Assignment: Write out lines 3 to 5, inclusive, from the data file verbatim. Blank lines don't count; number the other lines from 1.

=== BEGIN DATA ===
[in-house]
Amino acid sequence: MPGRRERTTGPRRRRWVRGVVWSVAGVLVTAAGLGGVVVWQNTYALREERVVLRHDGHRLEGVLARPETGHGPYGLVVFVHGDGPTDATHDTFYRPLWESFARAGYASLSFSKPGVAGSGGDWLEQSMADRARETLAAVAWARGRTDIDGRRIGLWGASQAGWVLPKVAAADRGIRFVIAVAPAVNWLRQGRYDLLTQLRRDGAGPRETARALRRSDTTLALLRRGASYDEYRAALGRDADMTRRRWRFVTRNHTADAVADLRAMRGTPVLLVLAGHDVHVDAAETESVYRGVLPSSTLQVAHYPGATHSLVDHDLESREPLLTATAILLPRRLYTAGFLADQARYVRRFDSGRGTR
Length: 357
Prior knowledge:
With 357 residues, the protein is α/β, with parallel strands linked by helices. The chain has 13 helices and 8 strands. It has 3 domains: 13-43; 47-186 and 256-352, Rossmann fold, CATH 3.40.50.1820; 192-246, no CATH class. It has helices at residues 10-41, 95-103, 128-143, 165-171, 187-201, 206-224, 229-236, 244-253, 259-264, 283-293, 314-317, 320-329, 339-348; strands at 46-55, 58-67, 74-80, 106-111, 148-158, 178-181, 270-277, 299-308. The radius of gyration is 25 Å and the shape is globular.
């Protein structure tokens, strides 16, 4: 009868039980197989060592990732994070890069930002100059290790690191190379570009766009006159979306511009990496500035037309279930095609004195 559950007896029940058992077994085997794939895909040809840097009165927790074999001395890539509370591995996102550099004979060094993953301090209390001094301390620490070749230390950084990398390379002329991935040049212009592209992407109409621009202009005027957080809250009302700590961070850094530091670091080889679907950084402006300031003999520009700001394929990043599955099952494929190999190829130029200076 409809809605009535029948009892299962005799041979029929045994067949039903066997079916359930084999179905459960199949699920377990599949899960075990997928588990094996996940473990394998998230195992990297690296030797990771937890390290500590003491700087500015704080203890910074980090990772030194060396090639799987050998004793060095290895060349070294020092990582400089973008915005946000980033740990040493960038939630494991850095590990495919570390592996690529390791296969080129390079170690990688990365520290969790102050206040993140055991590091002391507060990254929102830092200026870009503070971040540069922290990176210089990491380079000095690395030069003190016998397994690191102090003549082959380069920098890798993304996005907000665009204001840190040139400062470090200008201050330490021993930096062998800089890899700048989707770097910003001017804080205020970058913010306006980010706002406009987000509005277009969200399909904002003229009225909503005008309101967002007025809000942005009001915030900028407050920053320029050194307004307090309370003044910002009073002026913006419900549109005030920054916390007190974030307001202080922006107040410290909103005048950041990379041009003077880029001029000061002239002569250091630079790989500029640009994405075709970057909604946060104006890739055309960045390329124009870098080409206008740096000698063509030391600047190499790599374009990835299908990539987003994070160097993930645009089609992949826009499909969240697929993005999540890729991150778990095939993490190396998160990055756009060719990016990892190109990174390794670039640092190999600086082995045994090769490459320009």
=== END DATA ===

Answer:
Length: 357
Prior knowledge:
With 357 residues, the protein is α/β, with parallel strands linked by helices. The chain has 13 helices and 8 strands. It has 3 domains: 13-43; 47-186 and 256-352, Rossmann fold, CATH 3.40.50.1820; 192-246, no CATH class. It has helices at residues 10-41, 95-103, 128-143, 165-171, 187-201, 206-224, 229-236, 244-253, 259-264, 283-293, 314-317, 320-329, 339-348; strands at 46-55, 58-67, 74-80, 106-111, 148-158, 178-181, 270-277, 299-308. The radius of gyration is 25 Å and the shape is globular.